Of course, I've used RHEL, Fedora Core, and CentOS happily with networking, in virtualization, on my MacBook Pro, so there's no need to worry about "Linux drivers".
  • Re:Some notes (Score:2, Informative)

    by SachiCALaw (856692) on Monday April 24, 2006 @10:52AM (#15189861)
    You can still keep your Mac partition "pristine" with a virtual machine. Even better, if the Windows virtual machine gets infected, you can wipe it and "reinstall" a clean version in a matter of seconds as opposed to the hour or longer it would take you to wipe a "physical" copy from the hard drive and reinstall it (and your apps.)
  • Re:Some notes (Score:5, Informative)

    by daveschroeder (516195) * on Monday April 24, 2006 @10:53AM (#15189866)
    So as much as I want a MacBook Pro so I can utilize Windows virtualization, I won't be buying one until I see these features returned to the 15" model.

    Then you'll probably be waiting a long time.

    1.) I just explained exactly why the dual layer burner isn't present on the 15" MacBook Pro. It's a purely physical/technical reason. Until there is a 9mm 8x dual layer burner, you won't see one in the 15" MacBook Pro, period.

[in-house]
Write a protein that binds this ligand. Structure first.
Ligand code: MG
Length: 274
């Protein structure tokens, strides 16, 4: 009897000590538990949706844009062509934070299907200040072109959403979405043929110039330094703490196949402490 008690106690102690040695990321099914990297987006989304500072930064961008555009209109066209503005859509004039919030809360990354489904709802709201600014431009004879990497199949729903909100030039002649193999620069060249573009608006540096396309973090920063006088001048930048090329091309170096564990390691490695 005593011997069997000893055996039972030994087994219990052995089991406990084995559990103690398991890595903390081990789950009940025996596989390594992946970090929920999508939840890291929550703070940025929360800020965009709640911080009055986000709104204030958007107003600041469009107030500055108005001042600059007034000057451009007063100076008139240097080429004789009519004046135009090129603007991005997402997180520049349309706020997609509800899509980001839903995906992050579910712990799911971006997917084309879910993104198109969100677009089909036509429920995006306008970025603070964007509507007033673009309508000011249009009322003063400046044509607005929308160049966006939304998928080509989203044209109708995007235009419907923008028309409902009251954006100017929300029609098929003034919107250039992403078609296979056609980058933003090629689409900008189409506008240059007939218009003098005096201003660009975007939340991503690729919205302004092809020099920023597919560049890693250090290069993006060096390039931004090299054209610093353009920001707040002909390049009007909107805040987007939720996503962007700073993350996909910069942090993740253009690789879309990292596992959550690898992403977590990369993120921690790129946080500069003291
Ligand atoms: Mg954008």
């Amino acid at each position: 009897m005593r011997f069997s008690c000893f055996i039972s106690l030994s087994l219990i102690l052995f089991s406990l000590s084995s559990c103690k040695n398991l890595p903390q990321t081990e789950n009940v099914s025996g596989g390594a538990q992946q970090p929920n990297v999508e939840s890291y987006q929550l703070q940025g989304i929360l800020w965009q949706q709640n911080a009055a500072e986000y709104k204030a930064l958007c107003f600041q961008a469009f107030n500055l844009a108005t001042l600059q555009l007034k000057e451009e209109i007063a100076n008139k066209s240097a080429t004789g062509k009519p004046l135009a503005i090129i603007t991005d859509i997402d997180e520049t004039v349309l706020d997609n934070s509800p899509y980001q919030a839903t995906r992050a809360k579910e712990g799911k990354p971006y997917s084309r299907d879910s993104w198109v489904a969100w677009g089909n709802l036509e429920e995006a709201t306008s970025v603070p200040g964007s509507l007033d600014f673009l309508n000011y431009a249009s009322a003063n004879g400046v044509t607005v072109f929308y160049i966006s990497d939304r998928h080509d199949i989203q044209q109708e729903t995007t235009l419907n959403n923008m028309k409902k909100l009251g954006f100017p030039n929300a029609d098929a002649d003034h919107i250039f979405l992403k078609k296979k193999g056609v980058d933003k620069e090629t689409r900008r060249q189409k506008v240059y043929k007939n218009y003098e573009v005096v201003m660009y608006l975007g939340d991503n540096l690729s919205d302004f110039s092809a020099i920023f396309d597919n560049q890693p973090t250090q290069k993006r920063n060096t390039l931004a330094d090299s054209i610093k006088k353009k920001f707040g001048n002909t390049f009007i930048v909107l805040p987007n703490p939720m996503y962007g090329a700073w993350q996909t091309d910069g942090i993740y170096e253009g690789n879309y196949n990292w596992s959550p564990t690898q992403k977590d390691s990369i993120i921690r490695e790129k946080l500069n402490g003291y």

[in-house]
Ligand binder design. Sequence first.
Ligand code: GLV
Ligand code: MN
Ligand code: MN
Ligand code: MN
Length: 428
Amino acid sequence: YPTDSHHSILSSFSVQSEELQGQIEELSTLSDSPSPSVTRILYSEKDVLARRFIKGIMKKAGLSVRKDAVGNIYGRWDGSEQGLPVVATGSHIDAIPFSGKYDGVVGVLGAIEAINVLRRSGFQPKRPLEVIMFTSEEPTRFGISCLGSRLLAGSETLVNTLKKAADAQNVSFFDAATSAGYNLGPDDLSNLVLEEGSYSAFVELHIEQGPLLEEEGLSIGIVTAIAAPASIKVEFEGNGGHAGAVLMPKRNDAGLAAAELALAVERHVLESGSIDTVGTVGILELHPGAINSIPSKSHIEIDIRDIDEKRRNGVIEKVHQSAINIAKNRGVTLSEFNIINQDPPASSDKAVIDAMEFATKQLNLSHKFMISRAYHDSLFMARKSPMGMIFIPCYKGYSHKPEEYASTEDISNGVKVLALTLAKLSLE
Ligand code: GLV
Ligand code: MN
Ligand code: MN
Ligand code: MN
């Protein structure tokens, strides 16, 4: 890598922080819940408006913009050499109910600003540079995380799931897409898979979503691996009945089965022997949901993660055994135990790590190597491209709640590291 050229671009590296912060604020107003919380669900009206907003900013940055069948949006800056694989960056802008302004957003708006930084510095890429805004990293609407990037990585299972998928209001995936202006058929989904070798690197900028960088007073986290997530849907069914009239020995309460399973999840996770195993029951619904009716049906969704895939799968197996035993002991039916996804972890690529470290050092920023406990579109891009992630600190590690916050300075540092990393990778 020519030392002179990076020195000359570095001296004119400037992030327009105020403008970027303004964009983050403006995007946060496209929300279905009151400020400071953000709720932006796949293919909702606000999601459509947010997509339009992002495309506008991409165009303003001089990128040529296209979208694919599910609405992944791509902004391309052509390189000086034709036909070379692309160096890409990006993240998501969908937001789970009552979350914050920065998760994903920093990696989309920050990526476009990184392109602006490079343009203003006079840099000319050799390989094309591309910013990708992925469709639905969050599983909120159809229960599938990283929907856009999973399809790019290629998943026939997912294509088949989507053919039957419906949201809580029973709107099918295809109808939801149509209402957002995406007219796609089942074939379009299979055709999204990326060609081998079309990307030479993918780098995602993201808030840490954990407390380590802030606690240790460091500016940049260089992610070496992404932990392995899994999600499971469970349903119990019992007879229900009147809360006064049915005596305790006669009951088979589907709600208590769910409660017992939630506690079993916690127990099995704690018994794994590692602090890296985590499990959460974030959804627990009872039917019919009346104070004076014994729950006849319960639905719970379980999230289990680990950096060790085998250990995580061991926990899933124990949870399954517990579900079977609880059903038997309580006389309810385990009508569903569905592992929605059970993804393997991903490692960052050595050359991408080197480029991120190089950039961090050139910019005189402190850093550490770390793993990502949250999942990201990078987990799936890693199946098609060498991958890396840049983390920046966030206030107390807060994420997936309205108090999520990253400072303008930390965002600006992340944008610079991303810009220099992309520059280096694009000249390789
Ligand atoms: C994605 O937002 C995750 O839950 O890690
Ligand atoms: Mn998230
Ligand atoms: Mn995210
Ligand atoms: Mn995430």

2.) FireWire 800 was also left out of the 15" MacBook Pro for space reasons (adding it requires additional support chipsets that aren't a part of any of Intel's standard chipsets, which means a comparatively considerable amount of space is required to implement it. Yes, it's still small, but every ounce of space counts.

    Do you really need a dual layer DVD burner and FireWire 800 on a 15" Mac laptop so much that you'd forgo what is almost a perfect environment for virtualization of multiple operating systems, alongside Mac OS X?
  • Re:Some notes (Score:2, Informative)

    by lababidi (879163) on Monday April 24, 2006 @10:58AM (#15189895) Journal
    You can purchase this Laptop as a Developer for $2239 using the ADC Discount found here. [apple.com]
  • by utexaspunk (527541) on Monday April 24, 2006 @11:06AM (#15189969)
    They also released a universal binary version [apple.com] of Final Cut Studio.
  • by antientropic (447787) on Monday April 24, 2006 @11:08AM (#15189983)

    It's exactly the other way around: if you want to be immune from Windows malware, then you should run Windows inside a virtual machine. Then you can restrict it to its own virtual disk (which would just be a big file on your Mac disk), restrict it from accessing the network if you want to, and so on. On the other hand, if you dual-boot into Windows, then a Windows program with sufficient privileges can destroy your Mac partition as easily as it can with the Windows partition: just run fdisk. So there is no fundamental level of extra security in dual-booting.